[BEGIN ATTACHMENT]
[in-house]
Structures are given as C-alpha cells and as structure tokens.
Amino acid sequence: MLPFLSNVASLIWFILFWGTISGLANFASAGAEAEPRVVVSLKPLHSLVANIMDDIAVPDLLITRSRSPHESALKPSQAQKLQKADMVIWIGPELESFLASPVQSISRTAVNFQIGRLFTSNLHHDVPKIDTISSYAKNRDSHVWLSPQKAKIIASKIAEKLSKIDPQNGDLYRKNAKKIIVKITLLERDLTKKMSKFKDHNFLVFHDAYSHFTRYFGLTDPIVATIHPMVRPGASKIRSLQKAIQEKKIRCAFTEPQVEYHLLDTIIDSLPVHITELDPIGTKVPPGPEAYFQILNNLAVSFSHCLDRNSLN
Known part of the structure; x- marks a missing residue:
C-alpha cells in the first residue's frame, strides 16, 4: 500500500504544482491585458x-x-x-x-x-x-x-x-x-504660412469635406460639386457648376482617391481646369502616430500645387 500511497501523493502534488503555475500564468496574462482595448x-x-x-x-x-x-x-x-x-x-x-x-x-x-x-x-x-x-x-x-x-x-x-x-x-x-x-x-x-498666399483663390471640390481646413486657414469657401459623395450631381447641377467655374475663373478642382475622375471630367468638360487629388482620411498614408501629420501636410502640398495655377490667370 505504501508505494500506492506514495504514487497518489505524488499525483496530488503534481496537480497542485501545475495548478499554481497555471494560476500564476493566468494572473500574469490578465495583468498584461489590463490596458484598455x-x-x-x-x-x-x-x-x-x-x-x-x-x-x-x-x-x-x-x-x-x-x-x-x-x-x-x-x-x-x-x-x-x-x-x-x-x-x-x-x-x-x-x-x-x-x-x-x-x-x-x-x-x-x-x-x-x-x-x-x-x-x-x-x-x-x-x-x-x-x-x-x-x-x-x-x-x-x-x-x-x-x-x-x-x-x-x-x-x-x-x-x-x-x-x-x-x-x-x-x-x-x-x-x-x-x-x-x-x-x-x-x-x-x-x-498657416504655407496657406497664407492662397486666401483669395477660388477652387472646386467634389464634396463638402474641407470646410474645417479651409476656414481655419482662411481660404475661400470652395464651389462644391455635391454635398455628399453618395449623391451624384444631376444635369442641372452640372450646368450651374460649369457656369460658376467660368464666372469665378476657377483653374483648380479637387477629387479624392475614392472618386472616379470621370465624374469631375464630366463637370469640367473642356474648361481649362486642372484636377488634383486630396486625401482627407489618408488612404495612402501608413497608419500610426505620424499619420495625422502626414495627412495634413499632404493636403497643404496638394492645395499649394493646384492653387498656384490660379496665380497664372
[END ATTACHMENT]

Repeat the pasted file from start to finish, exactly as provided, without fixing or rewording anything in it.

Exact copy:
[in-house]
Structures are given as C-alpha cells and as structure tokens.
Amino acid sequence: MLPFLSNVASLIWFILFWGTISGLANFASAGAEAEPRVVVSLKPLHSLVANIMDDIAVPDLLITRSRSPHESALKPSQAQKLQKADMVIWIGPELESFLASPVQSISRTAVNFQIGRLFTSNLHHDVPKIDTISSYAKNRDSHVWLSPQKAKIIASKIAEKLSKIDPQNGDLYRKNAKKIIVKITLLERDLTKKMSKFKDHNFLVFHDAYSHFTRYFGLTDPIVATIHPMVRPGASKIRSLQKAIQEKKIRCAFTEPQVEYHLLDTIIDSLPVHITELDPIGTKVPPGPEAYFQILNNLAVSFSHCLDRNSLN
Known part of the structure; x- marks a missing residue:
C-alpha cells in the first residue's frame, strides 16, 4: 500500500504544482491585458x-x-x-x-x-x-x-x-x-504660412469635406460639386457648376482617391481646369502616430500645387 500511497501523493502534488503555475500564468496574462482595448x-x-x-x-x-x-x-x-x-x-x-x-x-x-x-x-x-x-x-x-x-x-x-x-x-x-x-x-x-498666399483663390471640390481646413486657414469657401459623395450631381447641377467655374475663373478642382475622375471630367468638360487629388482620411498614408501629420501636410502640398495655377490667370 505504501508505494500506492506514495504514487497518489505524488499525483496530488503534481496537480497542485501545475495548478499554481497555471494560476500564476493566468494572473500574469490578465495583468498584461489590463490596458484598455x-x-x-x-x-x-x-x-x-x-x-x-x-x-x-x-x-x-x-x-x-x-x-x-x-x-x-x-x-x-x-x-x-x-x-x-x-x-x-x-x-x-x-x-x-x-x-x-x-x-x-x-x-x-x-x-x-x-x-x-x-x-x-x-x-x-x-x-x-x-x-x-x-x-x-x-x-x-x-x-x-x-x-x-x-x-x-x-x-x-x-x-x-x-x-x-x-x-x-x-x-x-x-x-x-x-x-x-x-x-x-x-x-x-x-x-498657416504655407496657406497664407492662397486666401483669395477660388477652387472646386467634389464634396463638402474641407470646410474645417479651409476656414481655419482662411481660404475661400470652395464651389462644391455635391454635398455628399453618395449623391451624384444631376444635369442641372452640372450646368450651374460649369457656369460658376467660368464666372469665378476657377483653374483648380479637387477629387479624392475614392472618386472616379470621370465624374469631375464630366463637370469640367473642356474648361481649362486642372484636377488634383486630396486625401482627407489618408488612404495612402501608413497608419500610426505620424499619420495625422502626414495627412495634413499632404493636403497643404496638394492645395499649394493646384492653387498656384490660379496665380497664372